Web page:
It's World Turtle Day, and there's no better way of celebrating the incredible sea turtles that grace the South African coastline than by sharing information which can help you to save them. Five of the world's seven sea turtle species are found in South African waters, but only two of these nest here. If you ever visit the beach - you might one day be in a position to be able to rescue one of these precious, endangered animals.
Sea turtles do not return to land, other than during their nesting period, so ones found stranded on the South African coastline, and in the Western Cape in particular, are almost always in distress. The Two Oceans Aquarium Foundation rehabilitates rescued sea turtles of all these species, returning them to the ocean so that they can contribute to their natural populations. With the support of an active volunteer Turtle Rescue Network, we're able to coordinate sea turtle rescues along the entire coast of the Western Cape, bringing turtles to the Aquarium to be nursed back to health.
Let's take a closer look at the types of turtle you're likely to encounter:
The early years of a loggerhead hatchling’s life are known as the “lost years” – they spend as long as 12 years in the open ocean after hatching, making this period difficult for scientists to study. They rely on floating beds of seaweed and the currents to conserve energy and grow into juveniles! In South Africa, loggerheads hatch on the coast of northern KwaZulu-Natal in late summer and early Autumn, and we typically see a "stranding season" taking place from March onwards in the Western Cape.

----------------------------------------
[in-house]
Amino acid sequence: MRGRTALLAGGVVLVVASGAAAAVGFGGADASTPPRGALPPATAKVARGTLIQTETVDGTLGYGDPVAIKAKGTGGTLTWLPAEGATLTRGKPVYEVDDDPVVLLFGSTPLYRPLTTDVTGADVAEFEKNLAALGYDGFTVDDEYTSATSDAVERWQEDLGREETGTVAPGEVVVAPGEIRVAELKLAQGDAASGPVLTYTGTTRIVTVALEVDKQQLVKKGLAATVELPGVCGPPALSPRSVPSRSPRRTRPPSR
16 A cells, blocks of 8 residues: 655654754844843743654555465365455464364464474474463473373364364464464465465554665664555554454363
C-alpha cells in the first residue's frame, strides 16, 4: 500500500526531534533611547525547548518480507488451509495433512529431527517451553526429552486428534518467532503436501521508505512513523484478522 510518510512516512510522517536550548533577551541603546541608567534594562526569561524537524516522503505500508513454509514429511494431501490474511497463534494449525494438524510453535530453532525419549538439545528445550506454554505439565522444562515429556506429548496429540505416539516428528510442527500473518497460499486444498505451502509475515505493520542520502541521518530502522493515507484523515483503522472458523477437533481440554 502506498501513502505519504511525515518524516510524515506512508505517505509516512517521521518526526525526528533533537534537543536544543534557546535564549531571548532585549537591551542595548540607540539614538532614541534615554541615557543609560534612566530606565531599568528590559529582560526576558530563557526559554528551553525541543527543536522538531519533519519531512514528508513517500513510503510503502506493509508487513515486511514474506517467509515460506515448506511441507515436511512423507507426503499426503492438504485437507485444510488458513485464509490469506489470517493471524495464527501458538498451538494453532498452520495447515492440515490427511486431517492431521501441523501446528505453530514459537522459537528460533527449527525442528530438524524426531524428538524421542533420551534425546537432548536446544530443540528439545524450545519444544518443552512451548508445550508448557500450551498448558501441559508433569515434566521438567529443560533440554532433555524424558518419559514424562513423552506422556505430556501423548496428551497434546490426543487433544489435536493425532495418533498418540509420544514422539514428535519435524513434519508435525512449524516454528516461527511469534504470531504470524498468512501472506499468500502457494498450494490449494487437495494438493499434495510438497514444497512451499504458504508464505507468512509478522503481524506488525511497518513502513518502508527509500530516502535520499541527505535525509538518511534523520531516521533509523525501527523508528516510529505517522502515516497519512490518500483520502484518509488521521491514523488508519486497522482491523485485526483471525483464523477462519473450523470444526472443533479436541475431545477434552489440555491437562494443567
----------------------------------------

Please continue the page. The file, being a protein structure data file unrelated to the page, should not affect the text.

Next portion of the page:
At the Turtle Conservation Centre, about 70% of the turtle hatchlings our team cares for are loggerheads. After following the warm Agulhas Current, many hatchlings get spat out into cooler coastal waters, get cold-stunned, and strand on our shores. Our turtle team rehabilitates them until the following year when they are released into summer’s warm waters.
The loggerhead turtle is a keystone species: Other animals in its ecosystem depend on it for survival! The loggerhead’s diet of molluscs makes its excretion a great calcium source for other animals. Barnacles, crabs, and algae also live on their shells!
At the Two Oceans Aquarium Foundation Turtle Conservation Centre, our team is rehabilitating two sub-adult loggerhead turtles, Kai and Nobomvu. Kai was stranded as a hatchling in 2020, while Nobomvu arrived in 2021, entangled in 50kg of ghost fishing gear. Now, both are confidently swimming in the I&J Ocean Exhibit as the final stage of rehabilitation.
Leatherback hatchlings have a tough start to life – only one in a thousand hatchlings will survive to adulthood. Eggs are often stolen from nests for subsistence or as aphrodisiacs. A leatherback nest contains around 80 eggs, making each hatchling precious to the species' survival. Like loggerheads, leatherbacks nest in northern KwaZulu-Natal, and we see them stranding, albeit rarely, in the Western Cape from March onwards.